After yesterdays awful weather, today dawned quite nice and around 9am, I went out into the garden in the sunshine to see what was happening around the pond. After having a scan of the vegetation, I could see a few Large Red Damselfly nymphs just below the surface and one nymph that was partially out of the water on a stem. I managed to coax it onto on of my potted up stems and then left it for a while to get into position prior to it hopefully emerging. With much lighter winds today and warmer temperatures in the garden, it felt good for an emergence. I stayed back until the nymph had gone through its pre emergence procedure of making sure there was enough room to emerge. This normally involves some thrashing around of the abdomen. I then slowly moved in and moved the pot slightly to the side to get a more clutter free view of the nymph. It was then a case of lay and wait. I had the camera set up on the tripod to make my job easier and after a short wait, I could see the back of the thorax starting to split which was my cue to start firing off shots every now and then. I've seen many emerging and you always hope for the perfect emergence as sometimes, it does go wrong. Sometimes the exuviae falls into the water or swings around the stem which makes emerging awkward and not easy for photos. Sometimes a sudden gust of wind can end it all or the nymph is not completely released during emergence. Thankfully on this occasion, all went well and I was able to lay in the sunny quite warm garden for an hour or so and take a number of photos of this beautiful damselfly emerging. I still find it amazing that an hour before emerging, the nymph was in the water swimming around. Nature sure is amazing. By mid morning, I had my photos and had witnessed another successful emergence and left the damselfly to mature up in the comfort of the vegetation. I'm hopeful that a few more will emerge during the next week as it looks like the temperatures are forecast to slowly rise throughout the week. Whilst this lockdown lark is inevitable, I sure am thankful and appreciative of the wildlife that is to be found in and around the garden.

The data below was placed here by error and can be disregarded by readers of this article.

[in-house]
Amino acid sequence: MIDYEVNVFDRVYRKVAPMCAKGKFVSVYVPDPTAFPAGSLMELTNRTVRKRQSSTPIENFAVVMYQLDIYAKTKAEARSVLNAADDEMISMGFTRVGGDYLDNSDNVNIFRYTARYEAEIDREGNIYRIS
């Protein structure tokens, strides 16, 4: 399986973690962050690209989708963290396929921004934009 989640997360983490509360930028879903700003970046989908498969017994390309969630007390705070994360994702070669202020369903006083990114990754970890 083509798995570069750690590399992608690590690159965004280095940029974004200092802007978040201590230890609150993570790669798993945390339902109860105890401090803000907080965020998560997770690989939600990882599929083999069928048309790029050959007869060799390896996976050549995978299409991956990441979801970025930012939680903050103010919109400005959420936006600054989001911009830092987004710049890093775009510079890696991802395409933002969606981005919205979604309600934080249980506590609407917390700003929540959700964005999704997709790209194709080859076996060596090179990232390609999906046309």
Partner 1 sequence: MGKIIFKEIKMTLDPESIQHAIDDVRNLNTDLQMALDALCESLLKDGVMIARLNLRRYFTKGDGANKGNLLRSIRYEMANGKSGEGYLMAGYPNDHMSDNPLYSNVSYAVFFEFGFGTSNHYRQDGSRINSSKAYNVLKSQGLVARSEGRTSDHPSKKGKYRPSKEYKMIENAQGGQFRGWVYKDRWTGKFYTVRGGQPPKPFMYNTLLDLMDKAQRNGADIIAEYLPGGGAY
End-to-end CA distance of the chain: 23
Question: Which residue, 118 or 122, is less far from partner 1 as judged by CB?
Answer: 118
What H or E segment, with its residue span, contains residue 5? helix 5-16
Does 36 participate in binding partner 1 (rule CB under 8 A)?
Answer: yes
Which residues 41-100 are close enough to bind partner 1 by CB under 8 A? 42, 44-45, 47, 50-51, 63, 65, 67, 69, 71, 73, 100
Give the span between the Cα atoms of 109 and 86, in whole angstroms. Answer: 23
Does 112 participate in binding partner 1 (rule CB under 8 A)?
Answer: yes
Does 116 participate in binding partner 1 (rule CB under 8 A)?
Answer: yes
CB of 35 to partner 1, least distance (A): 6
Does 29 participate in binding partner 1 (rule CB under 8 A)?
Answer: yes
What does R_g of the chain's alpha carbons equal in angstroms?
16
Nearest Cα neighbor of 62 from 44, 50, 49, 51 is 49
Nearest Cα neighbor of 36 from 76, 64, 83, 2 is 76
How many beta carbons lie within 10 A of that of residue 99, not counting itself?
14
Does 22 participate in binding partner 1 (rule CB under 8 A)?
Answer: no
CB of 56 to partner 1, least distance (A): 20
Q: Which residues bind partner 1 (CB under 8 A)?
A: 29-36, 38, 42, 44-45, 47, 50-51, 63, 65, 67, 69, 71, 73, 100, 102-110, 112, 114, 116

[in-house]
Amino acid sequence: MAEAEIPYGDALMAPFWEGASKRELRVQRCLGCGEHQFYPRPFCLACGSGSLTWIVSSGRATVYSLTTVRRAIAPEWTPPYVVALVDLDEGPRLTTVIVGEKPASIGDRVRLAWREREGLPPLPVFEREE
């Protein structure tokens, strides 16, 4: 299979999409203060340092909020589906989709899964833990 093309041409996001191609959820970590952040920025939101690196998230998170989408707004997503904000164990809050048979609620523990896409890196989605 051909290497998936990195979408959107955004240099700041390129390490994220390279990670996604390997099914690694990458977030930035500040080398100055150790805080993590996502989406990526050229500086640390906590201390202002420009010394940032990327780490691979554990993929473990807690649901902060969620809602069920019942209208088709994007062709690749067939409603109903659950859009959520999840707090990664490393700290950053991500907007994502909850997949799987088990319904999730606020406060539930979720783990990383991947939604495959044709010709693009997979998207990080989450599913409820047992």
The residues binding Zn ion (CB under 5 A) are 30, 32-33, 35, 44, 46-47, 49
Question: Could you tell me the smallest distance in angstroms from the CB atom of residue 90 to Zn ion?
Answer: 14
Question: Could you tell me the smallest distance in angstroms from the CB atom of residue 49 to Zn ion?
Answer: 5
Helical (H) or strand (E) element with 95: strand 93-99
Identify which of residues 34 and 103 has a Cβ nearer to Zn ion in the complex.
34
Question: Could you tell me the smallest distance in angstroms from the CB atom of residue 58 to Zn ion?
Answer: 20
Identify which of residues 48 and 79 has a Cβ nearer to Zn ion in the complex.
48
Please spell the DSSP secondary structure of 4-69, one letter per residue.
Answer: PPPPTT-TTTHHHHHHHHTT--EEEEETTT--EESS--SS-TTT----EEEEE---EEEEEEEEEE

Large Red Damselfly (Pyrrhosoma nymphula)